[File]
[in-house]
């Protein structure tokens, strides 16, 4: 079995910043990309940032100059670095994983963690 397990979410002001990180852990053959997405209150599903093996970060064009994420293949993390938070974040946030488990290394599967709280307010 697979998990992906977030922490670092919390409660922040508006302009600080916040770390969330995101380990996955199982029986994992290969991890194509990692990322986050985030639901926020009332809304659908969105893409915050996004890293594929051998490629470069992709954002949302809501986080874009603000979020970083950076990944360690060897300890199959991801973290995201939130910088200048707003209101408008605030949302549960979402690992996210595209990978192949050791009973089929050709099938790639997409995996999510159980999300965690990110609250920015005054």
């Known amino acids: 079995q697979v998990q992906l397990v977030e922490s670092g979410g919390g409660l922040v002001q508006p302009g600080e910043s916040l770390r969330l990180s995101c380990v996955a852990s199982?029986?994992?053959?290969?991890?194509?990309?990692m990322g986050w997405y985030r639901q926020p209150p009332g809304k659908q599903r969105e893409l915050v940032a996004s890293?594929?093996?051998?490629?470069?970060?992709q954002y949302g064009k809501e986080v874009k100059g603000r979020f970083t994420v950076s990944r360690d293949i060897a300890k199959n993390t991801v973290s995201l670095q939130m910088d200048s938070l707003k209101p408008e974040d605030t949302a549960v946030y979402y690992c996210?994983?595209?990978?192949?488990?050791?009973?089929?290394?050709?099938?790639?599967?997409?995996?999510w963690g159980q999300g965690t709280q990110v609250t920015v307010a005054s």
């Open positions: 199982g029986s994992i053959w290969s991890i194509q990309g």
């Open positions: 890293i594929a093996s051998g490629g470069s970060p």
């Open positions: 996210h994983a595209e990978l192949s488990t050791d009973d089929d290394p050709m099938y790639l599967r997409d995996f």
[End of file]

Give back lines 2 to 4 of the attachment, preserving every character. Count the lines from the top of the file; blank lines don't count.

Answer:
């Protein structure tokens, strides 16, 4: 079995910043990309940032100059670095994983963690 397990979410002001990180852990053959997405209150599903093996970060064009994420293949993390938070974040946030488990290394599967709280307010 697979998990992906977030922490670092919390409660922040508006302009600080916040770390969330995101380990996955199982029986994992290969991890194509990692990322986050985030639901926020009332809304659908969105893409915050996004890293594929051998490629470069992709954002949302809501986080874009603000979020970083950076990944360690060897300890199959991801973290995201939130910088200048707003209101408008605030949302549960979402690992996210595209990978192949050791009973089929050709099938790639997409995996999510159980999300965690990110609250920015005054």
């Known amino acids: 079995q697979v998990q992906l397990v977030e922490s670092g979410g919390g409660l922040v002001q508006p302009g600080e910043s916040l770390r969330l990180s995101c380990v996955a852990s199982?029986?994992?053959?290969?991890?194509?990309?990692m990322g986050w997405y985030r639901q926020p209150p009332g809304k659908q599903r969105e893409l915050v940032a996004s890293?594929?093996?051998?490629?470069?970060?992709q954002y949302g064009k809501e986080v874009k100059g603000r979020f970083t994420v950076s990944r360690d293949i060897a300890k199959n993390t991801v973290s995201l670095q939130m910088d200048s938070l707003k209101p408008e974040d605030t949302a549960v946030y979402y690992c996210?994983?595209?990978?192949?488990?050791?009973?089929?290394?050709?099938?790639?599967?997409?995996?999510w963690g159980q999300g965690t709280q990110v609250t920015v307010a005054s």
């Open positions: 199982g029986s994992i053959w290969s991890i194509q990309g």